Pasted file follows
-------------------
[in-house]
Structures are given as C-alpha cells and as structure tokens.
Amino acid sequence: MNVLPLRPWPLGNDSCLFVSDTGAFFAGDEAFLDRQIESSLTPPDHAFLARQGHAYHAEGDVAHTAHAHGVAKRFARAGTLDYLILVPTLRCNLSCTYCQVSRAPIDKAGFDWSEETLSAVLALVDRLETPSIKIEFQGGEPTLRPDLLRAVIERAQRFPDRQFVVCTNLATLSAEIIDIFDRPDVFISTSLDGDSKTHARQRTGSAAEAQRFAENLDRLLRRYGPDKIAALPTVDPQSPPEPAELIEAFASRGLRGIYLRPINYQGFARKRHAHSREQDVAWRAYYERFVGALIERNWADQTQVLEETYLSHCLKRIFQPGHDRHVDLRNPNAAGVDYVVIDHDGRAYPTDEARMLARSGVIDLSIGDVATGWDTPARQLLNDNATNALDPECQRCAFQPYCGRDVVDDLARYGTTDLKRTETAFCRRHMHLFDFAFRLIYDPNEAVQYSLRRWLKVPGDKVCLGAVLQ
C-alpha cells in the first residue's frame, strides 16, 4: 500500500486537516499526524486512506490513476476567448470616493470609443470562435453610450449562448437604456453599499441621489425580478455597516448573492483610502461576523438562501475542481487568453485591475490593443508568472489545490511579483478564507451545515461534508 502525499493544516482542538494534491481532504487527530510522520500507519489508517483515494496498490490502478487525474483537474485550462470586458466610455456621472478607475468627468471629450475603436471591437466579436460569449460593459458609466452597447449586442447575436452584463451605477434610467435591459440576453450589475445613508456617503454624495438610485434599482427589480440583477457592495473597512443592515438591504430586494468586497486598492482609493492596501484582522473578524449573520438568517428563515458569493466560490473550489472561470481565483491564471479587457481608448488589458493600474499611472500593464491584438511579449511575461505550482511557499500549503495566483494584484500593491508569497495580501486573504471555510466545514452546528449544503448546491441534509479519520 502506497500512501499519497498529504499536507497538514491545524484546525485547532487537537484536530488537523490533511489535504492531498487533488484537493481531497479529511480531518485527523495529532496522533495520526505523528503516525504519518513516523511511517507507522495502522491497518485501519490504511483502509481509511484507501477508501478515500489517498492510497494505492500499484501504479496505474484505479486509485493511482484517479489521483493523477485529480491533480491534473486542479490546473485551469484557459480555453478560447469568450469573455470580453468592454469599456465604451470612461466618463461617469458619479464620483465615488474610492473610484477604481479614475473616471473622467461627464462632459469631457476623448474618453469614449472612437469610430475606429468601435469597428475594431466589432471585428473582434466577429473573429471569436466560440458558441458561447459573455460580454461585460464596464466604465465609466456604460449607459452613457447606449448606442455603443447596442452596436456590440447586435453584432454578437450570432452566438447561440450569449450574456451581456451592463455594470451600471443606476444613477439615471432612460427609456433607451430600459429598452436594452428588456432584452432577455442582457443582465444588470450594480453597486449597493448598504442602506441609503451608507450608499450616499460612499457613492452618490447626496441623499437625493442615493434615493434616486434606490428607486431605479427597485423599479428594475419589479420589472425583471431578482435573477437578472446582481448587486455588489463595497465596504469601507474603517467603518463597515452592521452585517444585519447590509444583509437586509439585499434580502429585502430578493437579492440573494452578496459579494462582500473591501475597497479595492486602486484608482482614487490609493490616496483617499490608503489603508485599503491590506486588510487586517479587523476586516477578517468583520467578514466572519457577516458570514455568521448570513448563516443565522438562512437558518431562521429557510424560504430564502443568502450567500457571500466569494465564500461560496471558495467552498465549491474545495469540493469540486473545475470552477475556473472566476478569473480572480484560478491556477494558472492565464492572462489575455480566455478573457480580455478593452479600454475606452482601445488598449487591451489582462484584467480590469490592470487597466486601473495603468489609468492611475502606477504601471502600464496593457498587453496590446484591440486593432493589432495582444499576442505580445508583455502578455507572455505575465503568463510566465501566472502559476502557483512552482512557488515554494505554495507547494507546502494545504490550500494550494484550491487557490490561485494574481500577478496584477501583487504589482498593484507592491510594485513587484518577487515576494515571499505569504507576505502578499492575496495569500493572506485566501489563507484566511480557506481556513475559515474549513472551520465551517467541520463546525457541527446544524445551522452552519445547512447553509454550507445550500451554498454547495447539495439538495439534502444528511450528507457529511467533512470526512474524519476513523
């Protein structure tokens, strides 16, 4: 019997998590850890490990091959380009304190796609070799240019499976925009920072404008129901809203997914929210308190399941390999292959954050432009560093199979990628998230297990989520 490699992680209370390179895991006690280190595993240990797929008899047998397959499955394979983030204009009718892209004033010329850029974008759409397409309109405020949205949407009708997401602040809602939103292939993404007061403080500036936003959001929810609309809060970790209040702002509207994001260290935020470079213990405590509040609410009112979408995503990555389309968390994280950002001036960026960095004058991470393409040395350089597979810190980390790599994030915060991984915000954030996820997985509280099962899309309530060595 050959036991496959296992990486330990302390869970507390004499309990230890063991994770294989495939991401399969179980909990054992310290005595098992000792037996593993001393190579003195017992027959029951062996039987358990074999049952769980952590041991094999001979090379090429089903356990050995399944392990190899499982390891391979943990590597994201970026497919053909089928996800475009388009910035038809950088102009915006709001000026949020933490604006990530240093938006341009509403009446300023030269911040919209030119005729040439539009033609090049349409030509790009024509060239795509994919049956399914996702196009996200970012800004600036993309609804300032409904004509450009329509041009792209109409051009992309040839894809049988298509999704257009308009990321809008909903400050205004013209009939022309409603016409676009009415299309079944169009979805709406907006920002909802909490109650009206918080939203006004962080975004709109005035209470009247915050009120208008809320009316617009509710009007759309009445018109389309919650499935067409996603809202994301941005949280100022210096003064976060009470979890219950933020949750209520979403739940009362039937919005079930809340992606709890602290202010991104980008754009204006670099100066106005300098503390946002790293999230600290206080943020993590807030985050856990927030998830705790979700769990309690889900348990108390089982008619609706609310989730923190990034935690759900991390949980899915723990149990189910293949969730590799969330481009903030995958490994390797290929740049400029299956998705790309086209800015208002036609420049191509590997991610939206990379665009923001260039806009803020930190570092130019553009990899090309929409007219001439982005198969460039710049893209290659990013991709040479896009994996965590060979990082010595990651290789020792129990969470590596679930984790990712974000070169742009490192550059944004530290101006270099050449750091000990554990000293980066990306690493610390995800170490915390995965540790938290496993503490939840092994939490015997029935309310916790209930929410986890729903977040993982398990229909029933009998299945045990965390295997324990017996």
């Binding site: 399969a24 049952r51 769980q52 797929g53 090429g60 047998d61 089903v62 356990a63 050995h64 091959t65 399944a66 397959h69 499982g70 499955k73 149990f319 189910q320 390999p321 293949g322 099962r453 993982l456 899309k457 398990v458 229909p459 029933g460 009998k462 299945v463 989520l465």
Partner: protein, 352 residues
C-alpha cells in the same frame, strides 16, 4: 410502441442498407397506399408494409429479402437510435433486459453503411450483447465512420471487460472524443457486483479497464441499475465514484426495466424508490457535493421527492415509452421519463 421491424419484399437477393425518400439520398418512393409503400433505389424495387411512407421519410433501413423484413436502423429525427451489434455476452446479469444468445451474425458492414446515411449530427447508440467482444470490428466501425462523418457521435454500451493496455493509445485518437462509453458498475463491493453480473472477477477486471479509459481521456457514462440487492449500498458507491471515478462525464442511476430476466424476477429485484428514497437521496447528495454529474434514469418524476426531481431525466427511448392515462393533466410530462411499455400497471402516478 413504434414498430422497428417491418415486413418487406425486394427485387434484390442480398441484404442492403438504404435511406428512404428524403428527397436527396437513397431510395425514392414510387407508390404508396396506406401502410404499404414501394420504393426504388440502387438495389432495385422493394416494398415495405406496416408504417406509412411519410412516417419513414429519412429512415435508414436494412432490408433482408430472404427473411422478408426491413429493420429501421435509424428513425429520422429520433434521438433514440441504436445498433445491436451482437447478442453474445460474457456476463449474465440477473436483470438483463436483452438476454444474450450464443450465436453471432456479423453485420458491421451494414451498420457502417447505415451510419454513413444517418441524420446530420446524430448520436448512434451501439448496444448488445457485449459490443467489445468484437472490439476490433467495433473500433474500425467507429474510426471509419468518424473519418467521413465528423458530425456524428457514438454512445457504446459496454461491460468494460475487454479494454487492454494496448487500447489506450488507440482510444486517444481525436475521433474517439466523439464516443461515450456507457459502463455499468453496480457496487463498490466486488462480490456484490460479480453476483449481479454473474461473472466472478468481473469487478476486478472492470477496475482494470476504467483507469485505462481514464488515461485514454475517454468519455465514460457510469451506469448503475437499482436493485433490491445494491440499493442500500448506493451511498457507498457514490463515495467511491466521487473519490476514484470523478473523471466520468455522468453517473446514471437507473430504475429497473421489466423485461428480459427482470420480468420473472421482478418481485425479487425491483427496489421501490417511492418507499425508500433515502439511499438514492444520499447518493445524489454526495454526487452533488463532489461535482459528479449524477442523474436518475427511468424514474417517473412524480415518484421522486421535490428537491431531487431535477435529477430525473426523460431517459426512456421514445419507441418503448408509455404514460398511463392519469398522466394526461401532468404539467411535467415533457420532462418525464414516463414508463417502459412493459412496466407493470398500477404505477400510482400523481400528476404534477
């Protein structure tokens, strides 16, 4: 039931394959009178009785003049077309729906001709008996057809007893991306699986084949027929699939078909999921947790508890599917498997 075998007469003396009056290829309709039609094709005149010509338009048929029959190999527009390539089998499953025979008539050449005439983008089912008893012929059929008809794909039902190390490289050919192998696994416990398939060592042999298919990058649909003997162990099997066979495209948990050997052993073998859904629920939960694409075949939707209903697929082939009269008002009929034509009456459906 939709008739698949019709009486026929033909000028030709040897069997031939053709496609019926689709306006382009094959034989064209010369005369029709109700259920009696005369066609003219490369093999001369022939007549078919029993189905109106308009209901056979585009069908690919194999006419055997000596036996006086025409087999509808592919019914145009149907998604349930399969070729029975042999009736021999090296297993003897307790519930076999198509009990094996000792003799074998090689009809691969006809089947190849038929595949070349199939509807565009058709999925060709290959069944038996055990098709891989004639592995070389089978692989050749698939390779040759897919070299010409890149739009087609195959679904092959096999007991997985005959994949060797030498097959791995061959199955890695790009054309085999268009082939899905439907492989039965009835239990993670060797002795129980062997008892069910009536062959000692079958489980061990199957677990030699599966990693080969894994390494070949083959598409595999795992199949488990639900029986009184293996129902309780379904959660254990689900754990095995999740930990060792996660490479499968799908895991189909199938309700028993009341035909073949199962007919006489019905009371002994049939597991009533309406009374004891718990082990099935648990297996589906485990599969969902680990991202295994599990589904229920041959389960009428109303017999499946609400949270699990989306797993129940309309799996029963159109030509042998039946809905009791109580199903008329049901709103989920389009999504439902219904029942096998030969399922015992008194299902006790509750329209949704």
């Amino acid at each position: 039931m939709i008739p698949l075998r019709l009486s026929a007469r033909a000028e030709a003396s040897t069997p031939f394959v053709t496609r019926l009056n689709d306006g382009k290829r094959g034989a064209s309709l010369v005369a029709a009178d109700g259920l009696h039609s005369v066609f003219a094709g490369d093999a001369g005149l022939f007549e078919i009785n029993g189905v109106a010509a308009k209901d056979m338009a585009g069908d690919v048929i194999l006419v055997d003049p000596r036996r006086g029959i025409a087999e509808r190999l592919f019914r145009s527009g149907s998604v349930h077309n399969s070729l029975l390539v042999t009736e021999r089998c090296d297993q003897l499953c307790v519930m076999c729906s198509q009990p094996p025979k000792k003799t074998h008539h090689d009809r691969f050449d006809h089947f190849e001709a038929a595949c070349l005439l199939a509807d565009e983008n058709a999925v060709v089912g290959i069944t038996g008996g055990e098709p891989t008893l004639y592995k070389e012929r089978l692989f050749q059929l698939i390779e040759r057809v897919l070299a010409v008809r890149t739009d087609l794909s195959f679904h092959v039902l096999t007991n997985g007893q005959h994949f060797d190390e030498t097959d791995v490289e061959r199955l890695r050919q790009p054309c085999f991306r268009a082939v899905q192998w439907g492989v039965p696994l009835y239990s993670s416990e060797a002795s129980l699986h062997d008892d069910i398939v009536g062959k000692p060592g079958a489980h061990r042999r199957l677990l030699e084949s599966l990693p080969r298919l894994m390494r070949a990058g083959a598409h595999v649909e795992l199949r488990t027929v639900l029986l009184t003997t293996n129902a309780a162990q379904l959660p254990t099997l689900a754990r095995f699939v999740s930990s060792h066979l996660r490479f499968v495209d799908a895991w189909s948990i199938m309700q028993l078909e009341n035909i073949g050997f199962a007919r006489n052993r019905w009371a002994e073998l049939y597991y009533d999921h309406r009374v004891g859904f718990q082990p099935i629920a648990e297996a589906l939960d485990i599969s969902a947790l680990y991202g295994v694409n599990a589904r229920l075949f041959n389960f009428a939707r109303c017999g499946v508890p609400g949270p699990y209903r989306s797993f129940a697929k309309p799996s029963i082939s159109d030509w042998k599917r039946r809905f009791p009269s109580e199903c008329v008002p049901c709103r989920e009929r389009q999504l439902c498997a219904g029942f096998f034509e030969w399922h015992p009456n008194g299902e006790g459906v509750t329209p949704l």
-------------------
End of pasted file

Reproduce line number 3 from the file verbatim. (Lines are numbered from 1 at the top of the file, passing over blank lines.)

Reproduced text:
Amino acid sequence: MNVLPLRPWPLGNDSCLFVSDTGAFFAGDEAFLDRQIESSLTPPDHAFLARQGHAYHAEGDVAHTAHAHGVAKRFARAGTLDYLILVPTLRCNLSCTYCQVSRAPIDKAGFDWSEETLSAVLALVDRLETPSIKIEFQGGEPTLRPDLLRAVIERAQRFPDRQFVVCTNLATLSAEIIDIFDRPDVFISTSLDGDSKTHARQRTGSAAEAQRFAENLDRLLRRYGPDKIAALPTVDPQSPPEPAELIEAFASRGLRGIYLRPINYQGFARKRHAHSREQDVAWRAYYERFVGALIERNWADQTQVLEETYLSHCLKRIFQPGHDRHVDLRNPNAAGVDYVVIDHDGRAYPTDEARMLARSGVIDLSIGDVATGWDTPARQLLNDNATNALDPECQRCAFQPYCGRDVVDDLARYGTTDLKRTETAFCRRHMHLFDFAFRLIYDPNEAVQYSLRRWLKVPGDKVCLGAVLQ